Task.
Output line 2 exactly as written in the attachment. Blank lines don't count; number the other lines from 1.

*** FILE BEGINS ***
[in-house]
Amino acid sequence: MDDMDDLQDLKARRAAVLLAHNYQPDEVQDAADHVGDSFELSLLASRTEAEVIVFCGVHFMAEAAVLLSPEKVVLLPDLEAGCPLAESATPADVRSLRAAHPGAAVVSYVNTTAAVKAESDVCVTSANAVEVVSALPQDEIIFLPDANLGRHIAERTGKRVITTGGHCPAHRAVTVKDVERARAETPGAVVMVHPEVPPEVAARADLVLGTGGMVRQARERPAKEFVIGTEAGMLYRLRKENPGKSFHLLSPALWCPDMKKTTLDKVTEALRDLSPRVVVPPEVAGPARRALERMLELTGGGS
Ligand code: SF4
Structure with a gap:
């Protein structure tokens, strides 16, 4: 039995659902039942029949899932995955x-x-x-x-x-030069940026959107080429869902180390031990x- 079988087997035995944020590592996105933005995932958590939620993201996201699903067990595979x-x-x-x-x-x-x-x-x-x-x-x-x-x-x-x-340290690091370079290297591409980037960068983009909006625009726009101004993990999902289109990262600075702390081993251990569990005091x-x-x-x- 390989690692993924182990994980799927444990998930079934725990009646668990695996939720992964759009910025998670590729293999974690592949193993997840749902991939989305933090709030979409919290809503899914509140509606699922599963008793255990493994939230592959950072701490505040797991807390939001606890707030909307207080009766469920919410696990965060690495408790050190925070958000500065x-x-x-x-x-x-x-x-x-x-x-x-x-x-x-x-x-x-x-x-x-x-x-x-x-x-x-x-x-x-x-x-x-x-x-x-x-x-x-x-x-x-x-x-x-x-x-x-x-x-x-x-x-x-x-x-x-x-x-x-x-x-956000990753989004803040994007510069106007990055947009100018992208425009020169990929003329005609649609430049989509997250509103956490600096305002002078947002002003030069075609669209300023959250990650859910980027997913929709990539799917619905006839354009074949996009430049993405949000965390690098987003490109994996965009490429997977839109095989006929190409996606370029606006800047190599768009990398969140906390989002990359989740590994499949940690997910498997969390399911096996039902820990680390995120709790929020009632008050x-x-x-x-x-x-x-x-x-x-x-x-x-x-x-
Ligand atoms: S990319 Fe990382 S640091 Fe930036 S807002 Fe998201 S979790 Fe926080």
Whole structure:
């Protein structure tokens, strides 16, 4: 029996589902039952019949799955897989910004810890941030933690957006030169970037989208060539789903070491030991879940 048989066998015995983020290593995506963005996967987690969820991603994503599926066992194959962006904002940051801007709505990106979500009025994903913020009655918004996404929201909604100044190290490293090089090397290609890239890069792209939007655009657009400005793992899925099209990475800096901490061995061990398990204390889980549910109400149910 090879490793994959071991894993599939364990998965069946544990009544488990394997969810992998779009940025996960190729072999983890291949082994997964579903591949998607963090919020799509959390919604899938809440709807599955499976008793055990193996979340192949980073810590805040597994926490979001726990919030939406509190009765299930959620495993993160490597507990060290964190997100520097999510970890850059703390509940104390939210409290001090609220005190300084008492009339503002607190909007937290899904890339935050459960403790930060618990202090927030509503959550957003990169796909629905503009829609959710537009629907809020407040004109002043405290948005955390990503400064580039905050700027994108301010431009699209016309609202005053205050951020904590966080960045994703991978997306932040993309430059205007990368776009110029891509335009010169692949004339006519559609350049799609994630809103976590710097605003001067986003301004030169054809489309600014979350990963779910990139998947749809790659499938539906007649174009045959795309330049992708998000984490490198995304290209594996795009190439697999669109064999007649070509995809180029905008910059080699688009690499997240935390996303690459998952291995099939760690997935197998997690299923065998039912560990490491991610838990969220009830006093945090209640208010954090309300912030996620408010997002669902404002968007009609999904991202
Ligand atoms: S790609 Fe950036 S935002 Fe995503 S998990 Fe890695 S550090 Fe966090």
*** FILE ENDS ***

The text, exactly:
Amino acid sequence: MDDMDDLQDLKARRAAVLLAHNYQPDEVQDAADHVGDSFELSLLASRTEAEVIVFCGVHFMAEAAVLLSPEKVVLLPDLEAGCPLAESATPADVRSLRAAHPGAAVVSYVNTTAAVKAESDVCVTSANAVEVVSALPQDEIIFLPDANLGRHIAERTGKRVITTGGHCPAHRAVTVKDVERARAETPGAVVMVHPEVPPEVAARADLVLGTGGMVRQARERPAKEFVIGTEAGMLYRLRKENPGKSFHLLSPALWCPDMKKTTLDKVTEALRDLSPRVVVPPEVAGPARRALERMLELTGGGS